Michael Crichton's new best-seller is State of Fear, a sci-tech thriller centered on global warming. As usual, it's written in his unique screenplay-as-novel style. Crichton is a notably and explicitly cinematic novelist; for him, the "novelization" comes first. But this one won't win him any friends among the Hollywood elites.
Why? Because State of Fear says global warming is bunk and the novel's villains are the icons of Hollywood itself: environmentalist actors, green activists, sanctimonious NGO spokesmen, etc. The Left is aghast.
Here's a typically horrified reaction, via The New York Times:
The novel itself reads like a shrill, preposterous right-wing answer to this year's shrill, preposterous but campily entertaining global warming disaster movie "The Day After Tomorrow."
In Mr. Crichton's ham-handed novel, the dangers of global warming are nothing but a lot of hype: scare scenarios, promoted by shameless environmentalists eager to use bad science to raise money and draw attention to their cause. For that matter, the ludicrous plot revolves around efforts by radical members of an environmental group called NERF (National Environmental Resource Fund) to surreptitiously trigger a series of natural disasters including a supersize hurricane and a giant tsunami that would hit California with 60-foot waves; these disasters would be timed to coincide with the group's big media conference, thereby awakening the public to the dangers of climate change wrought by global warming.
Here's the Los Angeles Times:
The question is why, on the subject of global warming, we should believe a techno-thriller writer rather than thousands of scientists from around the world, many of whom have devoted years to the study of climate change.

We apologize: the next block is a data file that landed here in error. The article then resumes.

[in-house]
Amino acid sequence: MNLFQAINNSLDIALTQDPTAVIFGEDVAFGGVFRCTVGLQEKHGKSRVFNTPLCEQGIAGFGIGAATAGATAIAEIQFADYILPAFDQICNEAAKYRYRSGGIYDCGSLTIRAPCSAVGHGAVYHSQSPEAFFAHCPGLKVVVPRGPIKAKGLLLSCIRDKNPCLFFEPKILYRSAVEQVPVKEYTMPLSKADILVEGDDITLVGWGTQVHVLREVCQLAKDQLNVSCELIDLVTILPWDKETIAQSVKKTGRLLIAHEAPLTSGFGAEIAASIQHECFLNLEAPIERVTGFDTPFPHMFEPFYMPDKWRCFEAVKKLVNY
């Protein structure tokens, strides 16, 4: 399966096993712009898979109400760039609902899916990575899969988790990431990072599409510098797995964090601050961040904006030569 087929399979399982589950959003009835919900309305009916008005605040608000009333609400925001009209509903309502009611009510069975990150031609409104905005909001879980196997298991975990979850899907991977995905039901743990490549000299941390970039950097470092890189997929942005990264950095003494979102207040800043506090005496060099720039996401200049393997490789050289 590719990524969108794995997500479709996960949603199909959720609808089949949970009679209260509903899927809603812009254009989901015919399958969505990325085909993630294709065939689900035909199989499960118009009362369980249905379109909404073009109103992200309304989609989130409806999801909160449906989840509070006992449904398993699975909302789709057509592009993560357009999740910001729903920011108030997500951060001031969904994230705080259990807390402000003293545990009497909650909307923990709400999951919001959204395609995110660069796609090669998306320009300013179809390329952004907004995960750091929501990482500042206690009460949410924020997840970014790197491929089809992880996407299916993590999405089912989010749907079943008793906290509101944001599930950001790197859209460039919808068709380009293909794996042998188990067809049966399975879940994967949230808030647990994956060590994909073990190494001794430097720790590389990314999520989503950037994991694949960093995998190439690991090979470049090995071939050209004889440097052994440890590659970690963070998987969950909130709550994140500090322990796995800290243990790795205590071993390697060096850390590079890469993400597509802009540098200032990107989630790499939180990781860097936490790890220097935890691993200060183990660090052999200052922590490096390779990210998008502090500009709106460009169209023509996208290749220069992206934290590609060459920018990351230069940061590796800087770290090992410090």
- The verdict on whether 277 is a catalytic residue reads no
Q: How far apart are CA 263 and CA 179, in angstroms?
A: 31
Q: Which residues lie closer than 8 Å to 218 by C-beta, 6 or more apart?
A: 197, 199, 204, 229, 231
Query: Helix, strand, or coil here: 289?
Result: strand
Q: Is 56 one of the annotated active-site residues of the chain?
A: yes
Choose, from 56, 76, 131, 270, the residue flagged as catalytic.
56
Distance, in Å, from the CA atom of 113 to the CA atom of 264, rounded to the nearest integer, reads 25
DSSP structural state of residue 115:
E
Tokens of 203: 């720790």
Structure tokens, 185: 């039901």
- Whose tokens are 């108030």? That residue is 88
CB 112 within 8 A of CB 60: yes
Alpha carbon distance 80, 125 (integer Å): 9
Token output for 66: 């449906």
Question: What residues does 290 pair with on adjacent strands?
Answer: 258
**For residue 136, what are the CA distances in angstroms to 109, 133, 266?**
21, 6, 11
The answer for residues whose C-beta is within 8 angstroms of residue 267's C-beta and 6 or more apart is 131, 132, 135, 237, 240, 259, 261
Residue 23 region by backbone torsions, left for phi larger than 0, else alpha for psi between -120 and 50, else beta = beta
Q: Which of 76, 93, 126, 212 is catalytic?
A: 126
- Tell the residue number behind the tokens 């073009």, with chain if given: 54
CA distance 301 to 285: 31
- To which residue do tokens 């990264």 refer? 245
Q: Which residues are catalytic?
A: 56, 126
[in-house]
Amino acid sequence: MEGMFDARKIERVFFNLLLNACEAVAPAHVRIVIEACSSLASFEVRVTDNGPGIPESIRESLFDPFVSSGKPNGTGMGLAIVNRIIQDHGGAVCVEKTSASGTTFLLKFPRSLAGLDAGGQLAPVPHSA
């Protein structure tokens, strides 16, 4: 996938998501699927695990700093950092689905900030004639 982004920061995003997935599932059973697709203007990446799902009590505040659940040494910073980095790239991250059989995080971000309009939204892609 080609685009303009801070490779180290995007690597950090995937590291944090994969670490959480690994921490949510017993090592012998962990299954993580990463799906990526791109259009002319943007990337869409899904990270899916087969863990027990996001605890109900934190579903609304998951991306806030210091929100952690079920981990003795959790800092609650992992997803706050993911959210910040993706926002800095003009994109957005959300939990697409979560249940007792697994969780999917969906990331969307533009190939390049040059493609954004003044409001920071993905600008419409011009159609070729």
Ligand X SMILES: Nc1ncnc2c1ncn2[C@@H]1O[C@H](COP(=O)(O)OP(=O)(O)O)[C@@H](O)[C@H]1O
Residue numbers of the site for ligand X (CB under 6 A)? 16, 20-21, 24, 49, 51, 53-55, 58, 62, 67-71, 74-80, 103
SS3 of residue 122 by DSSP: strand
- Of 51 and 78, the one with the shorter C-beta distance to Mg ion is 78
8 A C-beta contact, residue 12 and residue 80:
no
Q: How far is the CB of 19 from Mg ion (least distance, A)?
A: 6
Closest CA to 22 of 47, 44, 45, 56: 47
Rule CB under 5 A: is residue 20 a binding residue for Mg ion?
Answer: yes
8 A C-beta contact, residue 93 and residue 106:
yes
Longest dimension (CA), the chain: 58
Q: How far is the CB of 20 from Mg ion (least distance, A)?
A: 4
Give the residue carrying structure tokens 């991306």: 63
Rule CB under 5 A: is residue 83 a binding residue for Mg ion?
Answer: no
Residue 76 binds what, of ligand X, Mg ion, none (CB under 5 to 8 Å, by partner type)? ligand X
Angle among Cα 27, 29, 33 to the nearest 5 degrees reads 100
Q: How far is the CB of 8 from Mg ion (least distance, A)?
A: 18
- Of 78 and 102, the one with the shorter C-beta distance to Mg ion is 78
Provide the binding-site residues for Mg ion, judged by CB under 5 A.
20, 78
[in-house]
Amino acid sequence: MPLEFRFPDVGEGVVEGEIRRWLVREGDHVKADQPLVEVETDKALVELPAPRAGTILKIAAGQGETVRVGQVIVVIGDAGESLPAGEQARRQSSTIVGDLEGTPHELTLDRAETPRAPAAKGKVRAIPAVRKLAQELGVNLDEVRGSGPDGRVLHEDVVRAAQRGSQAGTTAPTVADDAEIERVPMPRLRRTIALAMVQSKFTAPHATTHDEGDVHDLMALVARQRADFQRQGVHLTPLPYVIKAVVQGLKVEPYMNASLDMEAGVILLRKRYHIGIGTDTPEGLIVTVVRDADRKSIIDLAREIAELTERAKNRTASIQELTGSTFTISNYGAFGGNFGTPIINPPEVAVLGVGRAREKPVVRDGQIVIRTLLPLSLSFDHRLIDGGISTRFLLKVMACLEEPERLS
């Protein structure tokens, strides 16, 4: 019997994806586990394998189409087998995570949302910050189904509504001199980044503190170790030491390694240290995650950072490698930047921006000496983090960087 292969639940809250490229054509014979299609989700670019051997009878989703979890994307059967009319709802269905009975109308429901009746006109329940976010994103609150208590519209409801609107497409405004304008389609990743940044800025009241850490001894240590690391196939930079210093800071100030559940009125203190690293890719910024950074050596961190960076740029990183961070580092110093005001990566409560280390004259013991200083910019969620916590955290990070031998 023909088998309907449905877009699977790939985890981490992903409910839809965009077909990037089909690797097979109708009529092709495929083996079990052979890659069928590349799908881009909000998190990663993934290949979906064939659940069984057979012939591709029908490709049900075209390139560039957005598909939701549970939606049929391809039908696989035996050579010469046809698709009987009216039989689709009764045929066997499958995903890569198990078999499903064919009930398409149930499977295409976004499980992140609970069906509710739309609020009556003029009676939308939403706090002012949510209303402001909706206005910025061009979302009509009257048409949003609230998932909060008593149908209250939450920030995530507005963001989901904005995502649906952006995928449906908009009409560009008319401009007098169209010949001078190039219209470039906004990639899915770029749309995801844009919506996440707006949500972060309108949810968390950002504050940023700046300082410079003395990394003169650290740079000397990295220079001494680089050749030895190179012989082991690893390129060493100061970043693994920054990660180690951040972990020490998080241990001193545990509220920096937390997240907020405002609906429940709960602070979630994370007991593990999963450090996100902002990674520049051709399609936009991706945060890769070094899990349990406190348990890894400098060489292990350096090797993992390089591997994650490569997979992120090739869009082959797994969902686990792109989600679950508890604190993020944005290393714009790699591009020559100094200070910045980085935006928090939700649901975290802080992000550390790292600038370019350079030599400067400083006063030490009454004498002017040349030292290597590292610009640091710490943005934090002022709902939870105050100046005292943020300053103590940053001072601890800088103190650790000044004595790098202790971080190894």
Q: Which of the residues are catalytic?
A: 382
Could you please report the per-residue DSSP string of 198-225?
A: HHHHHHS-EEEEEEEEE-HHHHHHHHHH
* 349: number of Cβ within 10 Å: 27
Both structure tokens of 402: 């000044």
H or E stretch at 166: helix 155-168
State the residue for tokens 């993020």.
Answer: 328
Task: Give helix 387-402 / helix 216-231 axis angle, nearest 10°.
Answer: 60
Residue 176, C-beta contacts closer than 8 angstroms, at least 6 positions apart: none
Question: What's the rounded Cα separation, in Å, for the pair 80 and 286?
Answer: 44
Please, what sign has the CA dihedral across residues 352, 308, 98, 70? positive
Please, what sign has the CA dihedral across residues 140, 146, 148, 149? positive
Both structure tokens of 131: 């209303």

In perusing the body of Crichton's work, I may have come upon an answer. His interests have sent him traveling beyond straight-ahead science and into the psychic world, with layovers in channeling and exorcism.
You get the idea. It's no use wading into the fever swamps of the Far(ther) Left, but they must be just unglued that this book is #4 on The New York Times bestseller list. It has attracted 286 reader reviews so far at Amazon.
Bottom line: this is a prototypical Michael Crichton novel, including a provocative scientific context, well-researched techno-babble, somewhat two-dimensional characters, and page-turning plot twists. At 600 pages, it's too long, but that's now fashionable among best-selling authors who can no longer be edited (think Stephen King and Tom Clancey). State of Fear is entertaining and may very well open the eyes of the general public to the notion that human-enduced global warming isn't an established fact. How often does the public hear a statement like this one from British journalist Melanie Phillips?
Global warming is an enormous scam, the greatest scentific scandal of the latter part of the 20th century.
You won't learn that reading the mainstream media or watching Hollywood's typical products. So try a novel, or a blog.
It will be interesting to see if Hollywood actually makes State of Fear into a movie, and, if so, then to see how they try to palliate its vastly politically-incorrect message.Posted by Alan at January 16, 2005 08:56 AM